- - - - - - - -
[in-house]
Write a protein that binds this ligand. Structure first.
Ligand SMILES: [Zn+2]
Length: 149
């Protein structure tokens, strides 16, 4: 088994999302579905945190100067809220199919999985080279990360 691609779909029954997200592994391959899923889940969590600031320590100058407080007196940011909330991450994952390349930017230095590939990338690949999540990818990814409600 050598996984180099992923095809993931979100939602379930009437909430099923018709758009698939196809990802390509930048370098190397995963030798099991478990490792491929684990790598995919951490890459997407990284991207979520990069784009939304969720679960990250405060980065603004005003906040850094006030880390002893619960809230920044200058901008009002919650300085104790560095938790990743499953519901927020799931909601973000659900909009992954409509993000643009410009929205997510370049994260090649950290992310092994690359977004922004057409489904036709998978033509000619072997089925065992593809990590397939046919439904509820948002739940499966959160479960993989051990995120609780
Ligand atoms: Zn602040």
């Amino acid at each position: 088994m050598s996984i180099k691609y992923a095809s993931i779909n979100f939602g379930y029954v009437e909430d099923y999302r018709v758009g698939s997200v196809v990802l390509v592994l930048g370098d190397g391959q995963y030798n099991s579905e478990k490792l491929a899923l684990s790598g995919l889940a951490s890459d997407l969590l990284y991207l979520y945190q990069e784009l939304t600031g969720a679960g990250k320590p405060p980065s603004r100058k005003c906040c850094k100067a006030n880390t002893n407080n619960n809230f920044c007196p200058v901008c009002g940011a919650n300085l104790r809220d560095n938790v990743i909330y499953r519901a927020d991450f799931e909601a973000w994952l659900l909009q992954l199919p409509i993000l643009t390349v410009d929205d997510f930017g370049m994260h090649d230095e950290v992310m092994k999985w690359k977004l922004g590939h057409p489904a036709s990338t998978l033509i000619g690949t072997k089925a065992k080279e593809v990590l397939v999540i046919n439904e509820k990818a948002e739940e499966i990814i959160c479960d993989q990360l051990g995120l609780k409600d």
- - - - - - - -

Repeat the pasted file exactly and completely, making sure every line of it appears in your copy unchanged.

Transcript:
[in-house]
Write a protein that binds this ligand. Structure first.
Ligand SMILES: [Zn+2]
Length: 149
């Protein structure tokens, strides 16, 4: 088994999302579905945190100067809220199919999985080279990360 691609779909029954997200592994391959899923889940969590600031320590100058407080007196940011909330991450994952390349930017230095590939990338690949999540990818990814409600 050598996984180099992923095809993931979100939602379930009437909430099923018709758009698939196809990802390509930048370098190397995963030798099991478990490792491929684990790598995919951490890459997407990284991207979520990069784009939304969720679960990250405060980065603004005003906040850094006030880390002893619960809230920044200058901008009002919650300085104790560095938790990743499953519901927020799931909601973000659900909009992954409509993000643009410009929205997510370049994260090649950290992310092994690359977004922004057409489904036709998978033509000619072997089925065992593809990590397939046919439904509820948002739940499966959160479960993989051990995120609780
Ligand atoms: Zn602040």
């Amino acid at each position: 088994m050598s996984i180099k691609y992923a095809s993931i779909n979100f939602g379930y029954v009437e909430d099923y999302r018709v758009g698939s997200v196809v990802l390509v592994l930048g370098d190397g391959q995963y030798n099991s579905e478990k490792l491929a899923l684990s790598g995919l889940a951490s890459d997407l969590l990284y991207l979520y945190q990069e784009l939304t600031g969720a679960g990250k320590p405060p980065s603004r100058k005003c906040c850094k100067a006030n880390t002893n407080n619960n809230f920044c007196p200058v901008c009002g940011a919650n300085l104790r809220d560095n938790v990743i909330y499953r519901a927020d991450f799931e909601a973000w994952l659900l909009q992954l199919p409509i993000l643009t390349v410009d929205d997510f930017g370049m994260h090649d230095e950290v992310m092994k999985w690359k977004l922004g590939h057409p489904a036709s990338t998978l033509i000619g690949t072997k089925a065992k080279e593809v990590l397939v999540i046919n439904e509820k990818a948002e739940e499966i990814i959160c479960d993989q990360l051990g995120l609780k409600d």